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Understanding Moral Injury

Post-Traumatic Stress Disorder or PTSD is a well-known and documented condition amongst our Veteran and Active duty community. We know that PTSD is not limited to those who have experienced wartime trauma and that it can be treated through proper diagnosis and therapy. However, PTSD can be very difficult to unravel and to add an extra layer of complexity it can often be accompanied by Moral injury.

Moral injury occurs when a person feels that they have violated their moral code, conscience, or deeply held beliefs by committing, taking part in, witnessing, or not being able to stop an act from occurring.

This can be applied to numerous situations for anyone who has served during the past 20 year. The Department of Veteran Affairs (VA) defines it as,

“moral injury in the context of war comes from participation in actions related to combat warfare, such as killing or harming others. Moral injury can also come indirectly from acts like witnessing a death or others dying, failing to prevent similar immoral acts, and granting or receiving orders that can be viewed as immoral or inhuman.”

Moral injury and PTSD are remarkably similar, they share many of the same characteristics, but to understand how they differ you have to pull them apart and see them as individual and separate issues.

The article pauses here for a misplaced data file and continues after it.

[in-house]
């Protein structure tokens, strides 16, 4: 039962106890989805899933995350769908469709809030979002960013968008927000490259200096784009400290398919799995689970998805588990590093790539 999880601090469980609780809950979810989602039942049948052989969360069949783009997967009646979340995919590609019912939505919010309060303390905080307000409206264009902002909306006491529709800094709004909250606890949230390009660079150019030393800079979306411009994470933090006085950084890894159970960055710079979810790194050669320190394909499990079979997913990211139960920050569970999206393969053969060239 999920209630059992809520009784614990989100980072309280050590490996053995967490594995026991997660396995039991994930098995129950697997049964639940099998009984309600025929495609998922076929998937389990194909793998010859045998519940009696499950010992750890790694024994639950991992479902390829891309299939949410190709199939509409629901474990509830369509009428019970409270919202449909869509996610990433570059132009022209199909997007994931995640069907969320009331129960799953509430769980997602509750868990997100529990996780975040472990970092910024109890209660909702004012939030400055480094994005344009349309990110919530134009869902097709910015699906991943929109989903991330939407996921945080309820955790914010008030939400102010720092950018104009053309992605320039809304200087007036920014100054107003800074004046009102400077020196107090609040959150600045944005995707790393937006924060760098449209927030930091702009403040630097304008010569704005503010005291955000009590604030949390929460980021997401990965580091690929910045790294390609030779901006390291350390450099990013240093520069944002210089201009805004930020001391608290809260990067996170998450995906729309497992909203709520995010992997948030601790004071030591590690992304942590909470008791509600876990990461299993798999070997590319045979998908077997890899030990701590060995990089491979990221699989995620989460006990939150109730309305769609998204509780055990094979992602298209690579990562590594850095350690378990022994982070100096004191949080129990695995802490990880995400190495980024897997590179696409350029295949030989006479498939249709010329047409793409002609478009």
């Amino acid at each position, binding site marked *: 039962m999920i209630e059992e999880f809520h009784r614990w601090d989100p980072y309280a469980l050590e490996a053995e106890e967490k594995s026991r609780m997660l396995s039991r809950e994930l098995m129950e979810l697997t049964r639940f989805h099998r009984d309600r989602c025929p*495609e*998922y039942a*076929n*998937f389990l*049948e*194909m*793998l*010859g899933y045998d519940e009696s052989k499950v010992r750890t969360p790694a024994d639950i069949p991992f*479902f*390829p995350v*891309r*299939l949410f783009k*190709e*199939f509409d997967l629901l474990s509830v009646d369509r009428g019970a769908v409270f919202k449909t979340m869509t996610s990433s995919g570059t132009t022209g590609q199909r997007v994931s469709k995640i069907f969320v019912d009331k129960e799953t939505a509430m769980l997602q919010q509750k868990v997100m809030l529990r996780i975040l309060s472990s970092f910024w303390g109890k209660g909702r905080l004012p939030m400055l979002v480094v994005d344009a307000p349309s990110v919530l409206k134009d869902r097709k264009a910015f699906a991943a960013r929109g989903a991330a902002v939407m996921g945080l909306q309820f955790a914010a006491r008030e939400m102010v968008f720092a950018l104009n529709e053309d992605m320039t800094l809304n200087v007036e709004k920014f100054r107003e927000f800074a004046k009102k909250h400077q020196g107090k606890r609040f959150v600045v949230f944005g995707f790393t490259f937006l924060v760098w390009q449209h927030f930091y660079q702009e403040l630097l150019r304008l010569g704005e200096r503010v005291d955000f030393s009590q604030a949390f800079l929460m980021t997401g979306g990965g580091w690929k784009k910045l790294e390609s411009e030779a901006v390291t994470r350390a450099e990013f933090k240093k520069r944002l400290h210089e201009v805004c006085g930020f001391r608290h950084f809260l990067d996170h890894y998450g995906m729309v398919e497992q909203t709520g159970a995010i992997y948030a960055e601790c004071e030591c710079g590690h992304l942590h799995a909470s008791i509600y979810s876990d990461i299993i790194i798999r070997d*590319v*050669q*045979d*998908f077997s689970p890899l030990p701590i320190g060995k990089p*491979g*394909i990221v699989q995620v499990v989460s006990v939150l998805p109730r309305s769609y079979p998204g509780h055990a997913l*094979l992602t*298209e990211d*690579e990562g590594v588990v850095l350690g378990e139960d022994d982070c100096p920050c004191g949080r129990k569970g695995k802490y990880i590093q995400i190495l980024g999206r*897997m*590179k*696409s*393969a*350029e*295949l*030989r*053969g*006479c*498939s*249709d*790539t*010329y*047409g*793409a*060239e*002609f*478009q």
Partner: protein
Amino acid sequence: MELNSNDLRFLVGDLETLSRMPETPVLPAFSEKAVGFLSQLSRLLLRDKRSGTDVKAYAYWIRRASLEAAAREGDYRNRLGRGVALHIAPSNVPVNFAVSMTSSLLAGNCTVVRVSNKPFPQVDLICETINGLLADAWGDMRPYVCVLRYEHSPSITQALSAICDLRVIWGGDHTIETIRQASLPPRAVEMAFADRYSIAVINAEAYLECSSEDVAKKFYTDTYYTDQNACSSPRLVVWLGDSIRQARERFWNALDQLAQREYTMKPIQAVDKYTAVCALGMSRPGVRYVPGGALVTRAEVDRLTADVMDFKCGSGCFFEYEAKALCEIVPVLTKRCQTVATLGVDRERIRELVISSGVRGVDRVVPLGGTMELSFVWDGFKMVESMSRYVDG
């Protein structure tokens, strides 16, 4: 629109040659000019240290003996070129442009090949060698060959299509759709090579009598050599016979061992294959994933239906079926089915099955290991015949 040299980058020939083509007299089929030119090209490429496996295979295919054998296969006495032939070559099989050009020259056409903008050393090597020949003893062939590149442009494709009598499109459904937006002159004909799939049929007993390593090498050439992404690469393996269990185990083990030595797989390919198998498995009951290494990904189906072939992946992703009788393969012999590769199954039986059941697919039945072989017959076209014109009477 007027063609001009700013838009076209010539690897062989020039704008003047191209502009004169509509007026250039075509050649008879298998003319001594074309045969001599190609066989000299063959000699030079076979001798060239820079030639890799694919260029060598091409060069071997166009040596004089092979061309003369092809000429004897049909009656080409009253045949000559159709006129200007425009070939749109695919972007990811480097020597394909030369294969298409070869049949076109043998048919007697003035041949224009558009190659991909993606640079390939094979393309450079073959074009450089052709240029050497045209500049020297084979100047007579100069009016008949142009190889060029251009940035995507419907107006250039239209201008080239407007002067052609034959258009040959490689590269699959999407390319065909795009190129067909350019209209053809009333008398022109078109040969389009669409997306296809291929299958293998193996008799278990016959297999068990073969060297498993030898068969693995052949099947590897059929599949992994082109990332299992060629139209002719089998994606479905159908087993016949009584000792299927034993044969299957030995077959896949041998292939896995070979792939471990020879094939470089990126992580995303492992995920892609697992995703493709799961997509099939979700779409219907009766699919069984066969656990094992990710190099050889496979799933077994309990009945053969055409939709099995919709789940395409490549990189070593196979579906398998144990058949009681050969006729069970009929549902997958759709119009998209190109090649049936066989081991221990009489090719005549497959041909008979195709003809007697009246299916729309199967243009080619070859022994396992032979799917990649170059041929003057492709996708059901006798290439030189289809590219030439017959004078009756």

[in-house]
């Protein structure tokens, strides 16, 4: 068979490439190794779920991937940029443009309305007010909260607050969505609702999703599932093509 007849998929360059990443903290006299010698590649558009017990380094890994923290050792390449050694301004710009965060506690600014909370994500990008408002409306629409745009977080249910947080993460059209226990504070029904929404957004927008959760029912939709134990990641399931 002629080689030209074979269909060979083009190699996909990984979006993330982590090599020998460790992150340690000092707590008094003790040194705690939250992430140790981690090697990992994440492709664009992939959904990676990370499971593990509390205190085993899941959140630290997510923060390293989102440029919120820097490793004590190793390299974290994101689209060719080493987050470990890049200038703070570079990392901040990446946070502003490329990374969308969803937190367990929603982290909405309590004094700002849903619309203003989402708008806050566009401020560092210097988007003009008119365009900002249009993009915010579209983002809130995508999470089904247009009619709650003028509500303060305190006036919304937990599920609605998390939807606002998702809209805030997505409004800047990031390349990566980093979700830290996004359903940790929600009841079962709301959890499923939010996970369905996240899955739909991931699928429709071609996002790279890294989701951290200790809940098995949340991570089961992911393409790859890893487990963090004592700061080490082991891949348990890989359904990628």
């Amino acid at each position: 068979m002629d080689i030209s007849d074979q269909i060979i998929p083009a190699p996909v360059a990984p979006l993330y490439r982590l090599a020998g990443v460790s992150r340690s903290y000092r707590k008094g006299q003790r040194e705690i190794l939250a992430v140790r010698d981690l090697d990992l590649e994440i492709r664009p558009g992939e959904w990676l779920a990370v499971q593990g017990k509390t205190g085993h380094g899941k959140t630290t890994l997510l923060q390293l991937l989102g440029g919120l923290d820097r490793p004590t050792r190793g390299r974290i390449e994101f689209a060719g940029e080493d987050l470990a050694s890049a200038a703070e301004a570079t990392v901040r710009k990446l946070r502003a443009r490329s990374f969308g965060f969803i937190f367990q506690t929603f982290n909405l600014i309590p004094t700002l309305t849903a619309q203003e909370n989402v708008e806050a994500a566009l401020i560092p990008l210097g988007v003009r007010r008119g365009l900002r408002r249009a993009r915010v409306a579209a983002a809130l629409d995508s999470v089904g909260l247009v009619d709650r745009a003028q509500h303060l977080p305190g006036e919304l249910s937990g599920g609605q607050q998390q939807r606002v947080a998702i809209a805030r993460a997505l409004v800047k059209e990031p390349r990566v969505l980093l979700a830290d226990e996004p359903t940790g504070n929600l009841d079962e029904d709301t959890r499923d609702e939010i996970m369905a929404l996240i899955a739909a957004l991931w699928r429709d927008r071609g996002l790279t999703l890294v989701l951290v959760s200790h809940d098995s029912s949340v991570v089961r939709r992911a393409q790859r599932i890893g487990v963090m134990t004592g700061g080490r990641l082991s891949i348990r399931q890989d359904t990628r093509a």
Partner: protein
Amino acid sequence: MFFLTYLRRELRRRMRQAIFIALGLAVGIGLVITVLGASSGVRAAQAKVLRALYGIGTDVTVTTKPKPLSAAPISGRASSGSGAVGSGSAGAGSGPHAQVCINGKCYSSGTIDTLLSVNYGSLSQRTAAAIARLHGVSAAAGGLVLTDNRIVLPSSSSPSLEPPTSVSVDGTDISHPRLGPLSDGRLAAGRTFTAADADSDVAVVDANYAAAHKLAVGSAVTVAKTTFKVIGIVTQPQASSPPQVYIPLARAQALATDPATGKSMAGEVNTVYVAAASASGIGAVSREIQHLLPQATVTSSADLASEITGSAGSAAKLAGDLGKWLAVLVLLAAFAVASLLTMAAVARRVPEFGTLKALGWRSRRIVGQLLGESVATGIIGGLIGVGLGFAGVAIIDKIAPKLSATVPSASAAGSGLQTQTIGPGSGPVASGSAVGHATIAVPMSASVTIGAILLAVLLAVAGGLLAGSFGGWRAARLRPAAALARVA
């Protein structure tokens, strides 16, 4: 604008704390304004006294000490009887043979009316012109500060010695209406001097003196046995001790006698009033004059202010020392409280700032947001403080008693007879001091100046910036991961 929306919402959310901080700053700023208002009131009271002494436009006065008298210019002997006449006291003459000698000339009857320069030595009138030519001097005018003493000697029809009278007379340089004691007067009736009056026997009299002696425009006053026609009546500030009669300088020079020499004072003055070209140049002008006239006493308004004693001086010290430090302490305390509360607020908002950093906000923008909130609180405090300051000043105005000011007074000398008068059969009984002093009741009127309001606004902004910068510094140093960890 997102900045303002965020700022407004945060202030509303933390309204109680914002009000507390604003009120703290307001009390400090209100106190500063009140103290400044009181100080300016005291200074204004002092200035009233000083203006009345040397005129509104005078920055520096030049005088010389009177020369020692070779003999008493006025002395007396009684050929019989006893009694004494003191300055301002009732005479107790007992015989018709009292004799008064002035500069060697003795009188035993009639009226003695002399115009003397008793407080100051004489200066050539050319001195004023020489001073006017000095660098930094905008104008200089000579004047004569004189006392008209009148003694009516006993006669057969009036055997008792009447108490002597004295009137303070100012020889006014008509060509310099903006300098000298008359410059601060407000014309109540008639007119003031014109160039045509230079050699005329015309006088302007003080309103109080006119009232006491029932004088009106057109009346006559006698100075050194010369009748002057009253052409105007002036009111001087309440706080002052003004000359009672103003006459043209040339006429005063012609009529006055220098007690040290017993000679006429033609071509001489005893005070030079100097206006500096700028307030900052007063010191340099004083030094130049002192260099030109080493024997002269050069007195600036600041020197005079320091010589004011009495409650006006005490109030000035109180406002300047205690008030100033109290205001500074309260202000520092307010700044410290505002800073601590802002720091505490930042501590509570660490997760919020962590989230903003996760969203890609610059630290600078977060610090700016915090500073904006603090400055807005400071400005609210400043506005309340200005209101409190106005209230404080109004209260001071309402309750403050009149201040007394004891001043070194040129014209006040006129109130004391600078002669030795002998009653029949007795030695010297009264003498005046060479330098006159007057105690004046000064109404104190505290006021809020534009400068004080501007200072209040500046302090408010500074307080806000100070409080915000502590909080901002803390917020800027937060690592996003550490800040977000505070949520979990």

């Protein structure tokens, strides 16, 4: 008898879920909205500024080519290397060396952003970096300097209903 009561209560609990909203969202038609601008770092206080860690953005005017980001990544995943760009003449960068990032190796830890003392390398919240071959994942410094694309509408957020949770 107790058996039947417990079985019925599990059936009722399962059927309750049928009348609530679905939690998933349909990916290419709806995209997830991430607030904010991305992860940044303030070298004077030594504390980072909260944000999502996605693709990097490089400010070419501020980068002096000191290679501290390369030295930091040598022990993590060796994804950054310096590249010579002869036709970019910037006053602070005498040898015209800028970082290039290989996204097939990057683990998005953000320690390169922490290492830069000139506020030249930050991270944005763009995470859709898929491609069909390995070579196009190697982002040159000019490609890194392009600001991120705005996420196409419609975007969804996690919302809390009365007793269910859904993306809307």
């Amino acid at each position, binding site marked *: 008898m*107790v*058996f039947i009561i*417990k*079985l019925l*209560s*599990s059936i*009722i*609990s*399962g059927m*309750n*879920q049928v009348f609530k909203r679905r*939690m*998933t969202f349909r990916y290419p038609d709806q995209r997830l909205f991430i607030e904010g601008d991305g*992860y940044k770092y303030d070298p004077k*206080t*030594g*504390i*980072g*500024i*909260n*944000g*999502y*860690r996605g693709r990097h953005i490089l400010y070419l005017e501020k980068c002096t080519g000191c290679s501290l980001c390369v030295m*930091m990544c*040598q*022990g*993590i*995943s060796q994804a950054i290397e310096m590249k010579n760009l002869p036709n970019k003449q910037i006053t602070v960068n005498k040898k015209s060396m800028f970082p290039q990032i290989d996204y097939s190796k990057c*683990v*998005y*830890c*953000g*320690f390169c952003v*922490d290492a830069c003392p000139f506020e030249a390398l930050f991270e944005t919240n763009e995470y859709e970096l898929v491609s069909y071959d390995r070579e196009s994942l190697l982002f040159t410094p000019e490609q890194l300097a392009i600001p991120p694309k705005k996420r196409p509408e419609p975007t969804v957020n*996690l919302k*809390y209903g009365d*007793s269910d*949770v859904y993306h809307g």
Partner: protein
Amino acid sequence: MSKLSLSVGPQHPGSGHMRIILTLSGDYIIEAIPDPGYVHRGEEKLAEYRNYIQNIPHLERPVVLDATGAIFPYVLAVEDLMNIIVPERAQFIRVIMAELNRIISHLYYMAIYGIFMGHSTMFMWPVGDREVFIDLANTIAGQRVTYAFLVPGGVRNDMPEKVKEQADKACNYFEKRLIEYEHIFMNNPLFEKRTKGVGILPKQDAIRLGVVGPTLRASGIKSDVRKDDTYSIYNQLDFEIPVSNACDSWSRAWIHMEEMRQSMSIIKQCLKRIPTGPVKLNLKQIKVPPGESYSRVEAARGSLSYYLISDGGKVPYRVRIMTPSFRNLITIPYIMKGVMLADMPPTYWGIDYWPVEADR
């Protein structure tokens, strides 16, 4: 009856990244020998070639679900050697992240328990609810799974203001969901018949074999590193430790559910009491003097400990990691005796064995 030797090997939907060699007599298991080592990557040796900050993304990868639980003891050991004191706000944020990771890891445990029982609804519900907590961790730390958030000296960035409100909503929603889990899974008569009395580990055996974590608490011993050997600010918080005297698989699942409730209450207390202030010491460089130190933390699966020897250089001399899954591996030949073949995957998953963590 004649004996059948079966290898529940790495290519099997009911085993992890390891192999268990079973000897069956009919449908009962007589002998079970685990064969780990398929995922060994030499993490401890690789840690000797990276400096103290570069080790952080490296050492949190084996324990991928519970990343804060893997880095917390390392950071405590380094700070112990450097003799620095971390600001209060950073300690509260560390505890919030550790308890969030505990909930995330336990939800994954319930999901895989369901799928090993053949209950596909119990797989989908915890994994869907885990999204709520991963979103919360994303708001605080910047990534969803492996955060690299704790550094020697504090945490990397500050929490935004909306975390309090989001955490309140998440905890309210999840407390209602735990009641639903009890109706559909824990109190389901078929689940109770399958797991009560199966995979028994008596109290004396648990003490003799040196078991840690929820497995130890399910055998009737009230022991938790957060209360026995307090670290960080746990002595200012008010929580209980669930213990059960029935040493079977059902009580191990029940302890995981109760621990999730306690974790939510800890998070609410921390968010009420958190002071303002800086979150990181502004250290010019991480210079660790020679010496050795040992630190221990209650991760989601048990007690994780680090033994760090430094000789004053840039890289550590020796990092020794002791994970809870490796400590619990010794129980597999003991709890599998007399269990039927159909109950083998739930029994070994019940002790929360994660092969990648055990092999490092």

Just look at the Venn Diagram below. The complexity and similarity in these mental health issues are depicted.

Seem a little vague or unclear, here’s an example.

“As a Staff Sergeant in charge of your vehicle while conducting convoy operations in Iraq you failed to stop your gunner from engaging a random parked car. There was no threat or danger, he was just bored and wanted to shoot at a random car. You knew that wasn’t right, but you didn’t try to stop him. As you investigate the wreckage, you learn that the car was filled with 40 stray kittens and 101 Dalmatians.”

You were raised to love, protect, and care for all animals. Protecting all animal life was a deeply held moral belief. As a soldier, your ethics were to always do the right thing and lead by example. The shock of seeing such a violent act carried out against helpless animals has affected you deeply. In this example, you have just suffered Moral Injury.

Moral injury is not a new concept, it has been discussed by scholars and poets as far back as ancient Greece, but like many injuries that cannot be seen, it’s hard to diagnose. It’s up to us to understand our own experience with PTSD and Moral Injury to discuss them healthily and productively with our counselors, Therapists, and Doctors.

Ignorance and pretending that the problem doesn’t exist will never get us anywhere. Take action today! Be an active participant in your recovery and start learning more about Moral injury and how it can affect us. Follow the links below to some awesome books and more!

1. What Have We Done: The Moral Injury of Our Longest Wars:

2. Link to Sage Journal Article –

4. Additional books on moral injury –

1 Comment

Dan Strathman
Dan Strathman
Jul 03, 2023

Thanks so much for posting this. This is one of the major issues that we at Advancing Warriors International work to help address. Moral injury really is that "elephant in the room," but it's an elephant that no one knows is there and don't know what it's called. There are so many veterans and first responders (and anyone for that matter) who fortunately do not suffer from PTSD, but that there are still crippling effects from moral injuries in their lives. If you're up for it, would love to connect at Thanks for what you do!

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